The Theatre Royal was designed by the architect George Bond who lived locally. It caught the mood of its period, with an impressive facade of terracotta dominating the rather narrow street frontage. The eye is drawn up to the two little Moorish cupolas on the roof which add an exotic feel to an otherwise suburban townscape. The owners of the building were local impresarios C and L Barnard who owned a music hall nearby and who wanted to provide a venue for more serious forms of entertainment in the Medway Towns.
The theatre opened in July 1899 with a performance of 'The Liars'. With 3000 seats it was by far the largest public building in the area and was lavish in its interior appointments. A new road had to be constructed up a hill to the rear of the building, not only to cater for the carriages and cars that brought patrons from miles around but also to allow enough emergency exits to the side and rear.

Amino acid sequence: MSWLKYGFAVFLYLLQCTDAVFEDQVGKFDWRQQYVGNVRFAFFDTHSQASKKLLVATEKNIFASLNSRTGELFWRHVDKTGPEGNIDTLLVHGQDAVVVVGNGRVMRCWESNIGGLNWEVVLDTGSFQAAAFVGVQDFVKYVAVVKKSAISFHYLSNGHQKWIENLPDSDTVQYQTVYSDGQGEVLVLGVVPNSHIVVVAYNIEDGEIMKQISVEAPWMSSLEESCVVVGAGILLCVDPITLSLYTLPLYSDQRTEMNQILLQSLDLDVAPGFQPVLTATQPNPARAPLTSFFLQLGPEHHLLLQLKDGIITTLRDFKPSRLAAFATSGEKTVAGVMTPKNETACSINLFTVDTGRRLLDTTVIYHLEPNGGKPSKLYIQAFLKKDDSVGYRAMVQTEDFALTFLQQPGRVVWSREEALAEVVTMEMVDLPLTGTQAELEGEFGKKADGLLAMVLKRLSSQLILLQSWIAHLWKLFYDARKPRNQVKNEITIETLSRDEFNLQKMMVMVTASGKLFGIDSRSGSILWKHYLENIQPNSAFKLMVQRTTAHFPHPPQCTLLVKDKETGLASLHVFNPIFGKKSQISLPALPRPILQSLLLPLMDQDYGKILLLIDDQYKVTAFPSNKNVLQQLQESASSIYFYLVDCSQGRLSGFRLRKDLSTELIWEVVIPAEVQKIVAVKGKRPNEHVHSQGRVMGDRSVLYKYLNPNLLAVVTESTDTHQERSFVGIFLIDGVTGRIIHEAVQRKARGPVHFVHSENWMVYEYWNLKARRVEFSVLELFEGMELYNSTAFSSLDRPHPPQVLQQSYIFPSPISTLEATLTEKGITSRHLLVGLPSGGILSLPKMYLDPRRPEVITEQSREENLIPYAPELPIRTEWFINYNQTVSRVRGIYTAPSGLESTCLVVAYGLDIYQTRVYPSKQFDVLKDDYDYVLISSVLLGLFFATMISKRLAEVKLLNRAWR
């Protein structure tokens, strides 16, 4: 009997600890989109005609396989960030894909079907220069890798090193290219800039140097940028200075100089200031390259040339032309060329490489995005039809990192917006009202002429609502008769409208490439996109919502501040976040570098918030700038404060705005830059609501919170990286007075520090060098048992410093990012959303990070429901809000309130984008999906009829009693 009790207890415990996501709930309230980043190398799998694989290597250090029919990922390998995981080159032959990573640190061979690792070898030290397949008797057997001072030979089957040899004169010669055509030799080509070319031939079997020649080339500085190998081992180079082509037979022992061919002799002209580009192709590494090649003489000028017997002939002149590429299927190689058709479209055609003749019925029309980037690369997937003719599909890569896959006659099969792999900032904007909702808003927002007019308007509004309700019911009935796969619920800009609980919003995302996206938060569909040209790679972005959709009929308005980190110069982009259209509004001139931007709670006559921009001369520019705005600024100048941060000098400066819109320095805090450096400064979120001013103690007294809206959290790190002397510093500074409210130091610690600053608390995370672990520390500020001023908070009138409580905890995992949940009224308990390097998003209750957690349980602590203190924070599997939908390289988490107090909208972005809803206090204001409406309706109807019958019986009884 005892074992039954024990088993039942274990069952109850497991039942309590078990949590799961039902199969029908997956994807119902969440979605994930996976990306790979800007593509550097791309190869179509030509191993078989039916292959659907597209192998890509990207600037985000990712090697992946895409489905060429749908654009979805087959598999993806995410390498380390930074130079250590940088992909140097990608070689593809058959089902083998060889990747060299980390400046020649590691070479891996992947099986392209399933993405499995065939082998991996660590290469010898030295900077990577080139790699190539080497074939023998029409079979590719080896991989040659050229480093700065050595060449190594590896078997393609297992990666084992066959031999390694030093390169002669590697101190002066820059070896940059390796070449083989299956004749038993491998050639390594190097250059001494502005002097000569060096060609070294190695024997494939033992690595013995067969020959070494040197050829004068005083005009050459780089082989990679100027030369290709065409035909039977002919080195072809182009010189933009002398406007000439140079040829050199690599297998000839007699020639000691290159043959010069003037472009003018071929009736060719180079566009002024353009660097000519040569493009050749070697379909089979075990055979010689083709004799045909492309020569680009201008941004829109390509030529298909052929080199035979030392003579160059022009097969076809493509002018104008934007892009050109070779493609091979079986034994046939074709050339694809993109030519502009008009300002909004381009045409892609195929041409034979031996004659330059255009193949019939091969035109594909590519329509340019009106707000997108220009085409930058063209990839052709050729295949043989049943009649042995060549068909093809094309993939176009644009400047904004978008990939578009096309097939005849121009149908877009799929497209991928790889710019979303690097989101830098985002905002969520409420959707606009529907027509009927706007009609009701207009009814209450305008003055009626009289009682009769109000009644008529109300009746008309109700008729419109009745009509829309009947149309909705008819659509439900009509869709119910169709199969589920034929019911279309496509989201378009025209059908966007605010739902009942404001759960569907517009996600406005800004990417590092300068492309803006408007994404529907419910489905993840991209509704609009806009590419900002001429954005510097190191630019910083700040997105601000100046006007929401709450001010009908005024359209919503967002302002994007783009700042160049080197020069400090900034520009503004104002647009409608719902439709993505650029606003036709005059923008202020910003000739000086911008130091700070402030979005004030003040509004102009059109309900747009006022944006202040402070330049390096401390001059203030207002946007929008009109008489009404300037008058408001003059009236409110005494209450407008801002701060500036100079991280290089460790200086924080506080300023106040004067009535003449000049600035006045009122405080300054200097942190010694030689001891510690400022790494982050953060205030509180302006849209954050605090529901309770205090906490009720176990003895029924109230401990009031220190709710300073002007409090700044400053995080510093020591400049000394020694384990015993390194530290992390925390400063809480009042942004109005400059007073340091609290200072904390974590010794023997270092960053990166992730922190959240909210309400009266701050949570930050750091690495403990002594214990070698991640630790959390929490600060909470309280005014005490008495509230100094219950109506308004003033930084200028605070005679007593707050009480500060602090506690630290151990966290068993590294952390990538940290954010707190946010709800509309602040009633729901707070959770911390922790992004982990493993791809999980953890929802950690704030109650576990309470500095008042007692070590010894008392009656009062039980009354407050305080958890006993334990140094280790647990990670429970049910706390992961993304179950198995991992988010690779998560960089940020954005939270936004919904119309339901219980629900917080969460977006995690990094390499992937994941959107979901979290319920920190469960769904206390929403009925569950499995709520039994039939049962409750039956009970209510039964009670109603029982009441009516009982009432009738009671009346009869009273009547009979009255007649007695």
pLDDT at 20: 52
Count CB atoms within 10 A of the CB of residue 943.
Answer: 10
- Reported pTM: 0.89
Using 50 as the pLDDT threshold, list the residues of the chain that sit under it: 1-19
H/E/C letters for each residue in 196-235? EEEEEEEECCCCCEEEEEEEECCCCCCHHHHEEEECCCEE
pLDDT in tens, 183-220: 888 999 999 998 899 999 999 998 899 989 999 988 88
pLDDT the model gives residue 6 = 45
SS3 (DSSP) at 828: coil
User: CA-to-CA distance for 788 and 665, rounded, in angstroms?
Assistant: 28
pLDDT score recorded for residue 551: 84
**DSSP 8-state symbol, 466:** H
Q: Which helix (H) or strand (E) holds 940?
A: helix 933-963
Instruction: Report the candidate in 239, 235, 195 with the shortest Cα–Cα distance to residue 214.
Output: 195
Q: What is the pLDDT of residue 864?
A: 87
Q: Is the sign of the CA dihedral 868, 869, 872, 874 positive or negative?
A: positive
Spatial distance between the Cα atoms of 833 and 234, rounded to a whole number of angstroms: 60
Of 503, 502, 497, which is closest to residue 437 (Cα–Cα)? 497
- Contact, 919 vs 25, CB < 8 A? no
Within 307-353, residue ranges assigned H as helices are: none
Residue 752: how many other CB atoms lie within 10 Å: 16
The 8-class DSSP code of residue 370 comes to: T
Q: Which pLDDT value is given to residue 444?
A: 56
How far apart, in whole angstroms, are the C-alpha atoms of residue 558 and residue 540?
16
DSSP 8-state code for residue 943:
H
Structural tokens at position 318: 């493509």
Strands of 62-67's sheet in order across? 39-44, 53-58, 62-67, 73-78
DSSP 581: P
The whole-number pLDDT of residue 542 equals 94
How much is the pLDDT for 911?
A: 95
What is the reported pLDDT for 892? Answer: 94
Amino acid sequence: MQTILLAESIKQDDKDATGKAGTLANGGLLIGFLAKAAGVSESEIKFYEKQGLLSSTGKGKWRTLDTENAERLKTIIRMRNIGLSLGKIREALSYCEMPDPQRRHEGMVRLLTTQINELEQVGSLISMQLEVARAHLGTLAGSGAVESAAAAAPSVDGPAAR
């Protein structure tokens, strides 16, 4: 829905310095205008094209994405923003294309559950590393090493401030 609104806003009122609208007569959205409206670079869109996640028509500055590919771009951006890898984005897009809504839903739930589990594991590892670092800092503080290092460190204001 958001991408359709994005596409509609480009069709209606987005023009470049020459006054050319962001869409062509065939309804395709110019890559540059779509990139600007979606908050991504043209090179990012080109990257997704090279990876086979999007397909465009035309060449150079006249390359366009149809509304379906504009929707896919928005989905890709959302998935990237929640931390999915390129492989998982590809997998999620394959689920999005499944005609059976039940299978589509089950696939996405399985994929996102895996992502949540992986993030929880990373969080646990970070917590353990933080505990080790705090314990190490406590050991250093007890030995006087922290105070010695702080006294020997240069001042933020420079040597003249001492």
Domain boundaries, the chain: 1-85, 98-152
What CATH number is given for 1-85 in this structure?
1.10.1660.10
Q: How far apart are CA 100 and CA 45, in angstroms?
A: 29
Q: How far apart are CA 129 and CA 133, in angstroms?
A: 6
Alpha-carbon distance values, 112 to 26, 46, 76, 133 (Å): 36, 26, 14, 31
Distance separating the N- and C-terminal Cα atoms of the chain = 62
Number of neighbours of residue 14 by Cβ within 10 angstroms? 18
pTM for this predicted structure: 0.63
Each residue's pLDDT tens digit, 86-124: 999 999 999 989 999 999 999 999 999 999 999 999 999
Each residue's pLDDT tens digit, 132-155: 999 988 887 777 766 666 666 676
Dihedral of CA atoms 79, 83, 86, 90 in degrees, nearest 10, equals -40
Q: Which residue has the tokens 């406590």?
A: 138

After a few months it was obvious that more serious entertainment could not alone keep the building open, so a more varied programme of concerts, plays, shows and circuses was introduced. In 1913 it was one of the earliest theatres in the area to be equipped with a back projection cinematic capability.
In its final days the theatre was particularly popular with local schools who introduced many of their students to live theatre in this wonderful building. Some of the children of fifty years ago were volunteer helpers who of the Theatre Royal Chatham Trust and hoped to see the building reopened for its original purpose. In 1989 The Theatre and its ancillary buildings were listed by the British Government as of Historic and Architectural Interest Grade II.